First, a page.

Over the years, I've seen articles about attempts to replace writers with computers. This is, of course, a natural concern for anyone who wants to be a writer. So many industries are facing a competitive threat from computers. Even as I write this, a startup is preparing a machine to replace the fast food cook.
I saw this threat first hand in the sheet metal industry as I helped to inaugurate one of the first computer control plasma cutters in the HVAC industry. We had the first machine on the west coast and it was a wonder to behold as it cut metal with carbon dioxide, nitrogen gas and electricity. My supervisor became a river of unhappiness about the appearance of this machine and how many people it would put out of work. But I don't think that ever happened. When workers are displaced by automation, they find something else to do, often better than what they were doing before. Besides, someone has to tend to these machines until they can take care of themselves.
The Atlantic has an interesting story about a program that can take a set of data and turn it into a story - a readable, somewhat enjoyable story - if you're a sports fan. This reminds me of the Turing Test, a test suggested by the great Alan Turing. The Turing test says that at some point in time, we will create machines that can have a conversation with us and fool us into thinking we're talking to a human. You know, like the HAL9000 computer in 2001: A Space Odyssey.
Before I started writing this article, I spent some time over the last few days considering what a thinking, living, breathing human being puts into an article that a machine will never have to offer. The first thing to come to mind is instinct. Humans have a drive to live, they are self-aware and no matter what they do, self-preservation comes first. That is one very intense drive considering all the threats present on the planet.
There is something else that humans have that computers don't have: sensory perception. A computer will never see a sunrise in quite the same way that a human can. Computers are not born. They don't have any opportunity to gaze into Mom's eyes and identify with someone else. They can't have relationships with people because, no matter what anyone says, humans and computers will never be peers. There is nothing in our brains that will allow a computer to be a peer.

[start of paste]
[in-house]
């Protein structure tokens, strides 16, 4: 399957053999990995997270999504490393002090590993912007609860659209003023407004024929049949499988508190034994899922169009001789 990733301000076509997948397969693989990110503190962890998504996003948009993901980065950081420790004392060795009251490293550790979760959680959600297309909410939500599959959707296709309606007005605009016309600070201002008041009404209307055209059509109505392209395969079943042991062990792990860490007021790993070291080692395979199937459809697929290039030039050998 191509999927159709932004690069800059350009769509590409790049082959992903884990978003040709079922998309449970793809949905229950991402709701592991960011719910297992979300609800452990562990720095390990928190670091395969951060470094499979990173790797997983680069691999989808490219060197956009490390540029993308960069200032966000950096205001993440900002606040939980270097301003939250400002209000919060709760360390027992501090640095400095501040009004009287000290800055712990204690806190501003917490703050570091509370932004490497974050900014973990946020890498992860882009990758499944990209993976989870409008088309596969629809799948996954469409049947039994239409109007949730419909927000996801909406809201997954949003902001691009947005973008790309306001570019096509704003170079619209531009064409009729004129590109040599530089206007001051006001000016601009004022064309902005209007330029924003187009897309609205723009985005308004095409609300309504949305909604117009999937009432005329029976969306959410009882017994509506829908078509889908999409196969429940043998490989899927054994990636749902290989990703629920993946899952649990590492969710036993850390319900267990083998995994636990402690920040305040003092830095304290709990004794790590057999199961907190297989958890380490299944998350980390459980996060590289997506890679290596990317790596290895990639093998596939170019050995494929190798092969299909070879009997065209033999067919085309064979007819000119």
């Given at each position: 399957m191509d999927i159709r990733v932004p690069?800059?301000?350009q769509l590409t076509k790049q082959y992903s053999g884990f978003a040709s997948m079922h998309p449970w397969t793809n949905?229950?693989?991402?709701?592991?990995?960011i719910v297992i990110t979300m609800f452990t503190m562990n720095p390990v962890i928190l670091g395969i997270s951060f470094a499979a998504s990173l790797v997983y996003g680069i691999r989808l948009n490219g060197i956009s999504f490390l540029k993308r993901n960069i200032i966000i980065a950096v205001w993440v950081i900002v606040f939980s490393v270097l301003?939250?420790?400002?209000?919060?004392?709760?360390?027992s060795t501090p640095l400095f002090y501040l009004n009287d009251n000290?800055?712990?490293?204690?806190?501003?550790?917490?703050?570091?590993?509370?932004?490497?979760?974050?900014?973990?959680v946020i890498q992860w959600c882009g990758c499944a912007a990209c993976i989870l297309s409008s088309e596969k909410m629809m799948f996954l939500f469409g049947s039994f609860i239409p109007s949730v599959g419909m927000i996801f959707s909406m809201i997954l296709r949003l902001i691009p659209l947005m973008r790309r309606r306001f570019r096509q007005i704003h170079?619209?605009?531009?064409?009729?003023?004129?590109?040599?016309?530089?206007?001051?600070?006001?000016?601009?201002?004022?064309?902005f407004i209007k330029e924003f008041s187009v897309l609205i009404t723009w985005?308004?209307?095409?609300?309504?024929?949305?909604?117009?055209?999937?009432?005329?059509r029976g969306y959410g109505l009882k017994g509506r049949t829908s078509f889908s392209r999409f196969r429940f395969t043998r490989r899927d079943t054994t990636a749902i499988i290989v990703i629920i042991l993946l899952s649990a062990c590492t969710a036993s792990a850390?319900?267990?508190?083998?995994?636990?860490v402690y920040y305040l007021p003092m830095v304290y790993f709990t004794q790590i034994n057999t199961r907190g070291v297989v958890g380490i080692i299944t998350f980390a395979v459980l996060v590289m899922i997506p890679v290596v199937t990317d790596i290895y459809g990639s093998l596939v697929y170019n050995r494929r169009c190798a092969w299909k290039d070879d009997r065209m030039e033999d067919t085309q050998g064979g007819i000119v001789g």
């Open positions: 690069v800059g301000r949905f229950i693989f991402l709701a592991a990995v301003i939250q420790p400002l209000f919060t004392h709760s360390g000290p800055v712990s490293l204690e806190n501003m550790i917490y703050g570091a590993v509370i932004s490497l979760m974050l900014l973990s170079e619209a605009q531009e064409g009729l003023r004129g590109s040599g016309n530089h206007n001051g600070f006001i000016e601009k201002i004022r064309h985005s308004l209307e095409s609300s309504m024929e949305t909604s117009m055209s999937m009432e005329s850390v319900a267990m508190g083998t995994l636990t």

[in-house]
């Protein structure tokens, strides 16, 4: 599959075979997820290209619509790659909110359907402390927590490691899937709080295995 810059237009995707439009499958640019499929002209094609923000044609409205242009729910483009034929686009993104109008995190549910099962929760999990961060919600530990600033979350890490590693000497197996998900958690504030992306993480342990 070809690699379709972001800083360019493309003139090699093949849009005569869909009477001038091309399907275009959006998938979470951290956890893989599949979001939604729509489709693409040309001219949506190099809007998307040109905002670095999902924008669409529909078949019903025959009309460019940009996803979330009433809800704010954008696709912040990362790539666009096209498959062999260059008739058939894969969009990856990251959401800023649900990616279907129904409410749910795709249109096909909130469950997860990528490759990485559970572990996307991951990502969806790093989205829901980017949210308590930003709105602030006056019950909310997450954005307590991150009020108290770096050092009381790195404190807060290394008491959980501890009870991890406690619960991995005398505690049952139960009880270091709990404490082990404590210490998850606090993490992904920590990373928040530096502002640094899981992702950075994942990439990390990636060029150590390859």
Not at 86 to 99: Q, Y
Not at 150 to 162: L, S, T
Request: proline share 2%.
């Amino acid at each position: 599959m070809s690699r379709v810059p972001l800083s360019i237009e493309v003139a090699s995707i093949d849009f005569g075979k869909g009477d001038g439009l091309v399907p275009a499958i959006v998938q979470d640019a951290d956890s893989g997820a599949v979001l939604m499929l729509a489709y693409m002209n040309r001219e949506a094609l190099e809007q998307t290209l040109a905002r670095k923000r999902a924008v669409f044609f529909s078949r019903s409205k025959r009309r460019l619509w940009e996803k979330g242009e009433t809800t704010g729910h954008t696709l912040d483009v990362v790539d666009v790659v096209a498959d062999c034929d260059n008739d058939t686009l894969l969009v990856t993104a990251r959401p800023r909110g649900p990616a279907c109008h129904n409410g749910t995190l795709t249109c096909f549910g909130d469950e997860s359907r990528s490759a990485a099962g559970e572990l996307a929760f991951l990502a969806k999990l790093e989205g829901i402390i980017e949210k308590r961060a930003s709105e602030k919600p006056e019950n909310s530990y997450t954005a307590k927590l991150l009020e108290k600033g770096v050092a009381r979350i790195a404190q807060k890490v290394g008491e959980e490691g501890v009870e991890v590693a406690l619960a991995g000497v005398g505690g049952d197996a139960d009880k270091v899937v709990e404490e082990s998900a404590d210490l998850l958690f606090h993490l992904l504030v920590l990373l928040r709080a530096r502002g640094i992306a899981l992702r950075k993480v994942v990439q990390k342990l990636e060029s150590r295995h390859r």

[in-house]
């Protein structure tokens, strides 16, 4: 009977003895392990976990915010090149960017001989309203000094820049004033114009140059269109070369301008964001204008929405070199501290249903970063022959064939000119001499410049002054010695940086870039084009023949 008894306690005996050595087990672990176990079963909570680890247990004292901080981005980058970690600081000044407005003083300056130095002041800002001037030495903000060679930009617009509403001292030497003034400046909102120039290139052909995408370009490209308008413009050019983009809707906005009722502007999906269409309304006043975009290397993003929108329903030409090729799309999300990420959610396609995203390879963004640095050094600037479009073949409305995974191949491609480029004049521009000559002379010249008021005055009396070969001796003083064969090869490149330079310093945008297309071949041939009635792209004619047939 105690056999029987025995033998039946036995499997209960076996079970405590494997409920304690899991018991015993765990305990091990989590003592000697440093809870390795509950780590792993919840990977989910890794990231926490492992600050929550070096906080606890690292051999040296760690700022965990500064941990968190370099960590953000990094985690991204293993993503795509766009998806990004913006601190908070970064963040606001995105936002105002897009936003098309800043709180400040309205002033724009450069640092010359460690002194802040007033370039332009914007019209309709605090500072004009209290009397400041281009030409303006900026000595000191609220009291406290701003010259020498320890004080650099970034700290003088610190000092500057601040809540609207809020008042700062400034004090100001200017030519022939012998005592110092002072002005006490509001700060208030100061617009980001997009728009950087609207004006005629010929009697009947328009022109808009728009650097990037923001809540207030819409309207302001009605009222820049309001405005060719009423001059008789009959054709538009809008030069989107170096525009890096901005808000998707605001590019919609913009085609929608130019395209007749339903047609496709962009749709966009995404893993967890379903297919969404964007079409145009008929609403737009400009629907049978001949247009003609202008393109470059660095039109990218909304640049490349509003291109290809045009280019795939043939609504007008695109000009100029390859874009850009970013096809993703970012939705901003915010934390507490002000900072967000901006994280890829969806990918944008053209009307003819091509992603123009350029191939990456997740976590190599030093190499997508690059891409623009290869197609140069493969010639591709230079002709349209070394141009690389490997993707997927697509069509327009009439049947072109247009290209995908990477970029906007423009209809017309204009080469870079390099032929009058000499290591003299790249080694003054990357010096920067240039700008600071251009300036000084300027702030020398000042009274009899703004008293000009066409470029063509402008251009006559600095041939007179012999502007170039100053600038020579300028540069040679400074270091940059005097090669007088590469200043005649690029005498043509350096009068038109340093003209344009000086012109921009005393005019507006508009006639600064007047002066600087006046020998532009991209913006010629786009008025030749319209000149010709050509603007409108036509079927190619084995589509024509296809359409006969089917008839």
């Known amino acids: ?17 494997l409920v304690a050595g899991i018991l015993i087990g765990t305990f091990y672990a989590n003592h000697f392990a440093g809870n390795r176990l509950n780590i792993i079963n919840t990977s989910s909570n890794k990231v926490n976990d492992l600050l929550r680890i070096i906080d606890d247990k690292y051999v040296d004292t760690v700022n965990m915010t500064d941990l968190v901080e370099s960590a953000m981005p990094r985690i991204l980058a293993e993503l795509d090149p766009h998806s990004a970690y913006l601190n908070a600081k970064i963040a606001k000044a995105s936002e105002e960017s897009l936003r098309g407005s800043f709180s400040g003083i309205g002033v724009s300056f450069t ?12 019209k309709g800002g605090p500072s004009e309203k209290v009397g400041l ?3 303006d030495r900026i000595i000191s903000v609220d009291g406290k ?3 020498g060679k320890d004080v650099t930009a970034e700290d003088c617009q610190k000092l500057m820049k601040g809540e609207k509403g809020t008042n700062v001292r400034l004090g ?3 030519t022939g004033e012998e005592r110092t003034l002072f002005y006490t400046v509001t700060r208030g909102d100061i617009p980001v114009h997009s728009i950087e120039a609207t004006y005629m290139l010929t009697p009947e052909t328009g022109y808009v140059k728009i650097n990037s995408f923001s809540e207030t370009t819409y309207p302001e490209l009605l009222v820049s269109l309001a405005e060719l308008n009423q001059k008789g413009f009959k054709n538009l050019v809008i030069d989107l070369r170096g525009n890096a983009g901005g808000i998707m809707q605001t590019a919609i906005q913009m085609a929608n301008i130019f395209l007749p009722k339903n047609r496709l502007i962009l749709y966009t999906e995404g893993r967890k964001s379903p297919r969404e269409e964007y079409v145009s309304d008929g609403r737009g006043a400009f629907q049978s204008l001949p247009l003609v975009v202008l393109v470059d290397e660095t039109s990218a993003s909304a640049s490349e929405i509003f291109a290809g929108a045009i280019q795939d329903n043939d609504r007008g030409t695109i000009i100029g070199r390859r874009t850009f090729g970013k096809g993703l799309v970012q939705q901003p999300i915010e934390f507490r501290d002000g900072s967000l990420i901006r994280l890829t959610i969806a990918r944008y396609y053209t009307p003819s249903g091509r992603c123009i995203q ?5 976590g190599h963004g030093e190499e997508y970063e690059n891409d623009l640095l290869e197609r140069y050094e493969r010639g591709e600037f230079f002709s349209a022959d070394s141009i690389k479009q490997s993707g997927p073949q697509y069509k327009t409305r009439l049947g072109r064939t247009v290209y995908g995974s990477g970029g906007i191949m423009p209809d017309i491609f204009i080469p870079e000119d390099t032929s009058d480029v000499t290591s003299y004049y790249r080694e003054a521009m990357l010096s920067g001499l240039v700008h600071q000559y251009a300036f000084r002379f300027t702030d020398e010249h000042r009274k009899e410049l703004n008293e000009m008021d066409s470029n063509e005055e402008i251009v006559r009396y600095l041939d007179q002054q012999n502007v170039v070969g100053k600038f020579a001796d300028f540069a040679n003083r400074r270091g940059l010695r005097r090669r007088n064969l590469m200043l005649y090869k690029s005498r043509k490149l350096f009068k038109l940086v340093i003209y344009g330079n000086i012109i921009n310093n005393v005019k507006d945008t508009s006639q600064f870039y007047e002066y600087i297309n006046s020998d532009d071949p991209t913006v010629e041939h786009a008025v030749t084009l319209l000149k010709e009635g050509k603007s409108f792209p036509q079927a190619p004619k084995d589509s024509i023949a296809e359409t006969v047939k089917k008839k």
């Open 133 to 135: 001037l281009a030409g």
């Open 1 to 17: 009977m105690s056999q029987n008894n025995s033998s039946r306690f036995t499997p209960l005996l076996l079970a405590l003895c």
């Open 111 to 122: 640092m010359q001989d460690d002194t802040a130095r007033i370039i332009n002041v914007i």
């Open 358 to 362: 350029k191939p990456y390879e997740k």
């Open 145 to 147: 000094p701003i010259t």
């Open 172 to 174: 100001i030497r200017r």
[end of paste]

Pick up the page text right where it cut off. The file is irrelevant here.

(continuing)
The last thing I want to bring up, and I think this is important, is this: quantum mechanics. Quantum mechanics (QM) is a set of rules we use to predict the behavior of the very small. It is also the best set of rules we have for predicting the way electrons behave in a circuit. QM is so accurate, we can use it to create chips that run our computers, crunch Pi to the billionth decimal place and beyond, and help us find our way in Google Maps.
Over the years, I've seen articles that document how life uses QM to live. The process of photosynthesis is well documented and shows how plants use QM to power life. All forms of metabolism use the rules of QM to work. I say this because it's easy to forget that what we see in a lab under controlled circumstances is something that is happening everywhere, all the time. The lab allows us to create conditions that make it possible to see this stuff happening.
You might have heard of the famous double slit experiment. This experiment allows us to see light as a wave and particle. This experiment was created in a lab to show how light behaves in very controlled circumstances. Light acts as a wave and a particle all the time, but our senses are not built to notice that, at least not on a conscious level. The particle/wave duality of light is simply not germane to survival.
I think there is very good reason to believe that all life uses QM to live. I also think that QM is what makes our brains work and work well. Most of the time. We can still make mistakes and if we live past the mistake, we can learn from it. Maybe.
Until we can replicate what biology has done to make the brain, we will not be able to make a computer do what the brain does. The brains that we have now are the result of a billion years of trial and error, a direct result of the will to live. It's going to be a long, long time before we figure that part out. We might get close in the near term, but, at least in our lifetime, I don't think we'll ever know for sure how to make robots or computers self-aware. I'm not so sure we want to, either.
So for now, I think the writing profession is relatively safe from automation.